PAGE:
Incubators for Economic Development: The Role of Regional State Colleges and Universities in Driving New, High-Impact Ventures
Janosky, Janine E., Babcock, Renee L., Brentin, Robert P., University Business
UNIVERSITY-BASED Research is responsible for many significant and remarkable discoveries, stimulating breakthrough products and technologies that have improved quality of life and created jobs and new industries. To maximize the results of university-produced research and technology, it is important for higher ed administrators to engage the broad reach of multiple regional state colleges and universities in catalyzing and incubating efforts that will lead to new, high-impact ventures.
State colleges and universities located in urban areas offer an ideal route for discoveries and incubation of new businesses, as there are ample resources. Additionally, when universities are in close geographical proximity and combine resources, their ability to provide a rich, diverse, collaborative network of new business development is enhanced, as evidenced by the University Research Corridor in Michigan.
The combined patent, licensing revenue, and start-up company statistics from the three universities that form the URC--Michigan State, the University of Michigan, and Wayne State University--are impressive. But an urban university is only one of many economic resources within the overall metropolitan area. Thus, the proportionate impact of a university in an urban area compared to other resources impacting economic development should be considered.
Traditionally, critical mass has been viewed as a new business development requirement. But through our globally connected world, what the smaller or geographically isolated university lacks in resources for the implementation phase can be gained or accessed through collaborative relationships with industry or other universities. So the opportunity for economic impact from universities in rural settings is real and viable. Indeed, their impact can be even more profound than that of universities located in an urban setting, as the rural universities may often be the only or one of the only large institutions in the geographic setting.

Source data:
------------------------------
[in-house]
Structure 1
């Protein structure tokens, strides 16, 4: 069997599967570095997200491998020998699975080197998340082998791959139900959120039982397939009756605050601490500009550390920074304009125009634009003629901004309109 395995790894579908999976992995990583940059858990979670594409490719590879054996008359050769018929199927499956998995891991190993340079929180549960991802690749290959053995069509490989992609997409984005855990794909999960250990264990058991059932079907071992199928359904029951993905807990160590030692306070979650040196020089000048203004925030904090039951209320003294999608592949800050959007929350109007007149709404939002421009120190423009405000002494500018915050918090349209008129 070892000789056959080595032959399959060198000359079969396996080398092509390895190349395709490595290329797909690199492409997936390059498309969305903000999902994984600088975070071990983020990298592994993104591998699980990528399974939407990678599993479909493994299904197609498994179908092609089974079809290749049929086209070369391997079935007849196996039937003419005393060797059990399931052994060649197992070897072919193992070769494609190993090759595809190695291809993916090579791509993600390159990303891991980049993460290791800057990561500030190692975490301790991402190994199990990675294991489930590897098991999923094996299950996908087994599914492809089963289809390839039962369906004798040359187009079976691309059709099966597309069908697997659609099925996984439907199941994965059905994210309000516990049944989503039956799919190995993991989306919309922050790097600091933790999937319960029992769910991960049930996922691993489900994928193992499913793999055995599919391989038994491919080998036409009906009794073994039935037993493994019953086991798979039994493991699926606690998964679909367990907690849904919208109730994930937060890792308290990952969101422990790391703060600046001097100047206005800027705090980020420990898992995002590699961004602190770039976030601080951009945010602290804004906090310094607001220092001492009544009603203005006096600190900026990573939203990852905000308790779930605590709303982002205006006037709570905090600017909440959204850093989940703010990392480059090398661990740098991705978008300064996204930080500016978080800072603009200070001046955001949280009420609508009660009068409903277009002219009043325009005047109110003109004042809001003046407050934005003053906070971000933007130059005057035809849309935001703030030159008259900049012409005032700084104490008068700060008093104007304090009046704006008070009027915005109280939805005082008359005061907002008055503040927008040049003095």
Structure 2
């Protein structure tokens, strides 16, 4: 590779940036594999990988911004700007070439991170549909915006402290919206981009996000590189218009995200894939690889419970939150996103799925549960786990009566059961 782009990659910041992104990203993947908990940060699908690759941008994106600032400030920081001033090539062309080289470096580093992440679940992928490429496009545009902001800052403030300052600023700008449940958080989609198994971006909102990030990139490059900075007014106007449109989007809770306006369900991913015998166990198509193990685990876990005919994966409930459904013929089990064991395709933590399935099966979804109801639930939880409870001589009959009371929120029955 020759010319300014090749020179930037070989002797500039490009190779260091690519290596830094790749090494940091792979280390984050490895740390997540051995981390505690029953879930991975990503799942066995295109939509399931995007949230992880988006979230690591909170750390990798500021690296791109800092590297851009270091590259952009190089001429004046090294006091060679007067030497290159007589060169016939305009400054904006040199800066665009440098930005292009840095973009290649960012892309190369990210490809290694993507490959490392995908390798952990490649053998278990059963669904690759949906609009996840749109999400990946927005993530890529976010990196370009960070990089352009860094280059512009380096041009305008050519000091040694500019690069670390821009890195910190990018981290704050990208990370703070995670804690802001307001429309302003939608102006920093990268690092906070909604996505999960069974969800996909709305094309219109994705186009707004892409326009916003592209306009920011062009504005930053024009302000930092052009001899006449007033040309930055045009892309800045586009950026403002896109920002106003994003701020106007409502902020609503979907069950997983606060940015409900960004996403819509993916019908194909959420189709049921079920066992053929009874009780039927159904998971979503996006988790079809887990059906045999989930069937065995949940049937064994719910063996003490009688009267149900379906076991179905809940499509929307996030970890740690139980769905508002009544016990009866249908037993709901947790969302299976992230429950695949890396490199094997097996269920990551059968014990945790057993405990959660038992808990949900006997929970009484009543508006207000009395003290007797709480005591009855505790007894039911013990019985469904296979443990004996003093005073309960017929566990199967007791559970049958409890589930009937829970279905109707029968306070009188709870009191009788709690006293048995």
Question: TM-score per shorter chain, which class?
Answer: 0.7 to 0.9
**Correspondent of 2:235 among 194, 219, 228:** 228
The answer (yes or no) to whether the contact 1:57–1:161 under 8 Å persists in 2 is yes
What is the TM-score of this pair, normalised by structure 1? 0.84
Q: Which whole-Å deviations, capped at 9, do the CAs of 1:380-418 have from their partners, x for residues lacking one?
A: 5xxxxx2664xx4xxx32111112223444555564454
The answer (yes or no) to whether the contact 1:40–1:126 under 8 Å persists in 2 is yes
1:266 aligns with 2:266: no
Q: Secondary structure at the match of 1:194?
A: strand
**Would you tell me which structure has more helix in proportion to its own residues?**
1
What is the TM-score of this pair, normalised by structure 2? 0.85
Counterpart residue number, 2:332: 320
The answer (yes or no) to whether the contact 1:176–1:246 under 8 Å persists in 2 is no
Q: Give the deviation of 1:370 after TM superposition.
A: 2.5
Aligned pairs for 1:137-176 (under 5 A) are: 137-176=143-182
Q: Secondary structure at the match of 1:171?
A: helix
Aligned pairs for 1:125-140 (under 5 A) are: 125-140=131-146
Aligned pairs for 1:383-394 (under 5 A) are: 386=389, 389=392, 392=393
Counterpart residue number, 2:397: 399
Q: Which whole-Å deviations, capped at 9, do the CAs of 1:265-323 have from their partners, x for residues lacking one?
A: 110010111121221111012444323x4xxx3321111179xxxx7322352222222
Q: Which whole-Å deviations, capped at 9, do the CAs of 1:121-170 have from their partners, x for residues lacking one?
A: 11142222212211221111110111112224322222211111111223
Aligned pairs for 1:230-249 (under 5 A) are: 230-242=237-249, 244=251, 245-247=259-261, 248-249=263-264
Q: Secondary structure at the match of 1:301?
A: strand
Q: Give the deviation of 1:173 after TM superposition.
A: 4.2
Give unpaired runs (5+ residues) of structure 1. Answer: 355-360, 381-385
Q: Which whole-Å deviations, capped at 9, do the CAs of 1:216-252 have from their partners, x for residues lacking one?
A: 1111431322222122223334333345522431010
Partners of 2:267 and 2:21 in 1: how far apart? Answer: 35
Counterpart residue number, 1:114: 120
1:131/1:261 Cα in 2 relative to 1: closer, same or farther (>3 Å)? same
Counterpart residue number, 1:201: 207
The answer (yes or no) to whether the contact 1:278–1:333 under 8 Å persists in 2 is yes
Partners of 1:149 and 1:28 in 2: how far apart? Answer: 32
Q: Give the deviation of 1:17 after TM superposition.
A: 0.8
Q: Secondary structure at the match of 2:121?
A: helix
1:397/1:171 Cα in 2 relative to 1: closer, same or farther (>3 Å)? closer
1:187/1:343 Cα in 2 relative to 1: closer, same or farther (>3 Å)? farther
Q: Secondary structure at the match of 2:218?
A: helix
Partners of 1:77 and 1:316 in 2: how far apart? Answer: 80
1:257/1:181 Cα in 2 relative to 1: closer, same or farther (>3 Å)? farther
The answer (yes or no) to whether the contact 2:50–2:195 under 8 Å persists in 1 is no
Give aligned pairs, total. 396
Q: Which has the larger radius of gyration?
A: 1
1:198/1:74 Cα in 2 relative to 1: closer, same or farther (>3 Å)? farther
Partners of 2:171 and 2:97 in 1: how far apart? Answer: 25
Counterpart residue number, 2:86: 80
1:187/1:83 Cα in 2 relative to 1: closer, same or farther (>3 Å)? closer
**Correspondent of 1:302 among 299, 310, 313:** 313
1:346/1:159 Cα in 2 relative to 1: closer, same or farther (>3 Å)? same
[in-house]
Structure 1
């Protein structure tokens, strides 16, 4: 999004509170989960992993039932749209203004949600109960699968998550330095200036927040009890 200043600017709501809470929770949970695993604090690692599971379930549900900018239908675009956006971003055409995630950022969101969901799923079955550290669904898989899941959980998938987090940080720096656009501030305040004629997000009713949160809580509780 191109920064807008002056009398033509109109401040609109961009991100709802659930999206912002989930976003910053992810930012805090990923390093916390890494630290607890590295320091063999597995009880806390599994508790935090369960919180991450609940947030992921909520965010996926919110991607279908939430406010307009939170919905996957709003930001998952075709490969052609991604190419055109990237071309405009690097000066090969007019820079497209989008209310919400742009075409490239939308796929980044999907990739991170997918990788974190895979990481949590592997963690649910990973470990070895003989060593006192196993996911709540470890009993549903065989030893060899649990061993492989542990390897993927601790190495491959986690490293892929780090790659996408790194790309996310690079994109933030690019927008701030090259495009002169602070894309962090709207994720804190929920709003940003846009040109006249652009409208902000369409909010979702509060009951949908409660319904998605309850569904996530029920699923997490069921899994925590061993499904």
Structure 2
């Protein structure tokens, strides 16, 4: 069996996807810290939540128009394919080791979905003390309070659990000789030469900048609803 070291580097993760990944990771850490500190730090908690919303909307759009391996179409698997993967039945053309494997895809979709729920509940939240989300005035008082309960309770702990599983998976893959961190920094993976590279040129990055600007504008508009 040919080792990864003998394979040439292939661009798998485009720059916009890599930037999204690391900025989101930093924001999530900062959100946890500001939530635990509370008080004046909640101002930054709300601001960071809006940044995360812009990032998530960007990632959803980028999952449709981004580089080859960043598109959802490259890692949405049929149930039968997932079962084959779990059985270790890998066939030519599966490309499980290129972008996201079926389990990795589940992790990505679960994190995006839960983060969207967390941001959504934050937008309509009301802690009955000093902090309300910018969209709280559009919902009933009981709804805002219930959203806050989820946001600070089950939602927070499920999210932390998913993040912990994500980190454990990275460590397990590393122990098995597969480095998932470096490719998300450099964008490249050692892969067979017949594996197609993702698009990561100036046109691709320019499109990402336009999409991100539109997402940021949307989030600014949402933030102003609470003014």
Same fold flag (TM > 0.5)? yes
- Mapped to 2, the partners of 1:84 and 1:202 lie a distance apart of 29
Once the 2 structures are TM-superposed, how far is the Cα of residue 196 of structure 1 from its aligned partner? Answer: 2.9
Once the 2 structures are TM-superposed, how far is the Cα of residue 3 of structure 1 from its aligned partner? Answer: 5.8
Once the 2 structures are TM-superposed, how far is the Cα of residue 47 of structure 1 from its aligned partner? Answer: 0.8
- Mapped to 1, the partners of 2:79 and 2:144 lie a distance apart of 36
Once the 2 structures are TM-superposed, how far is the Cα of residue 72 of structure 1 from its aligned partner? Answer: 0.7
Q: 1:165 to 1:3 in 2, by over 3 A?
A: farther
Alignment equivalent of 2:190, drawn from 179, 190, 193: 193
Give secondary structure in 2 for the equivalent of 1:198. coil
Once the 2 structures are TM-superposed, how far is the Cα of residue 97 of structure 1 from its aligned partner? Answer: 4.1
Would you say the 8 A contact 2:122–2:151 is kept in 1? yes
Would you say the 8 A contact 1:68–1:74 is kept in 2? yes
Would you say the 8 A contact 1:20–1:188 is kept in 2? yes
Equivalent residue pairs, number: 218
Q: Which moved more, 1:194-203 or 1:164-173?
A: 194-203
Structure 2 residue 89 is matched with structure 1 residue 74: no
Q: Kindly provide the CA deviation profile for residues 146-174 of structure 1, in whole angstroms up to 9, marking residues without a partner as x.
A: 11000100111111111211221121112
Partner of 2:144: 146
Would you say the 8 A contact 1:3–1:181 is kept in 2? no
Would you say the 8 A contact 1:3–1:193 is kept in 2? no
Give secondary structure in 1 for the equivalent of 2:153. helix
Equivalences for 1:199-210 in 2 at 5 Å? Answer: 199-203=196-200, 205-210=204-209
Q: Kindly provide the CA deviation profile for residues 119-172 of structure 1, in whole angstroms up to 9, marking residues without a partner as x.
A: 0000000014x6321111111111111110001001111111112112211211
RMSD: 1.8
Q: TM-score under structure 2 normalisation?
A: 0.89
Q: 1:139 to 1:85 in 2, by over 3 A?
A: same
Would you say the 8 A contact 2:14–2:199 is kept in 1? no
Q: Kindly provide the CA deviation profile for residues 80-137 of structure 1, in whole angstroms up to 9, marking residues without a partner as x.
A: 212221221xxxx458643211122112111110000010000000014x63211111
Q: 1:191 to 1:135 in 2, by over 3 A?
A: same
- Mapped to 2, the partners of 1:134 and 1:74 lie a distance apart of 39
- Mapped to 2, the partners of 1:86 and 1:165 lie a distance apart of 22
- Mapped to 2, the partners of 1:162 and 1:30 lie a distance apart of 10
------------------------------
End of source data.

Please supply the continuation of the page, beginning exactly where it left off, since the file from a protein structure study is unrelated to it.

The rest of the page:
CHALLENGES FOR SMALLER COMMUNITIES
States face tough economic times. In urban settings there are many incentives for companies to locate and offer jobs. That's not necessarily the case for smaller communities. And while some smaller communities may be home to large universities, there's often a disconnect between the information derived from university-conducted research and the community at large. Researchers may also overlook the possibility of applying their work to affect their local communities positively.
Some might suggest that it's more efficient to address ideas and innovations originating in urban centers in the same way that companies focus resources in serving their top customers. But with technological development, increased competition, and globalization, it is practical and essential to develop goods and services for geographically and economically extended markets.
Chris Anderson, editor-in-chief of Fred magazine and author of the book The Long Tail.. Why the Future of Business Is Selling Less of More (Hyperion, 2006), notes that our culture and economy are increasingly shifting away from a focus on a relatively small number of "hits" (mainstream products and markets) at the head of the demand curve and toward a huge number of niches in the tail. Extrapolating from that premise, the sources for ideas should be as numerous and diverse as the consumption side of the equation. The harvesting and incubation of those ideas requires a distributed expertise network, a role that regional colleges and universities are well suited to address.
Several regional state institutions have successful traction in moving research into the commercial arena. Even with modest research and development budgets, they have succeeded through utilizing a combination of partnerships, incentives, and federal and local funding. BusinessWeek highlighted several examples of smaller universities that have been successful in entrepreneurship initiatives in its October 2007 article "Small Schools' Big Tech Dreams. …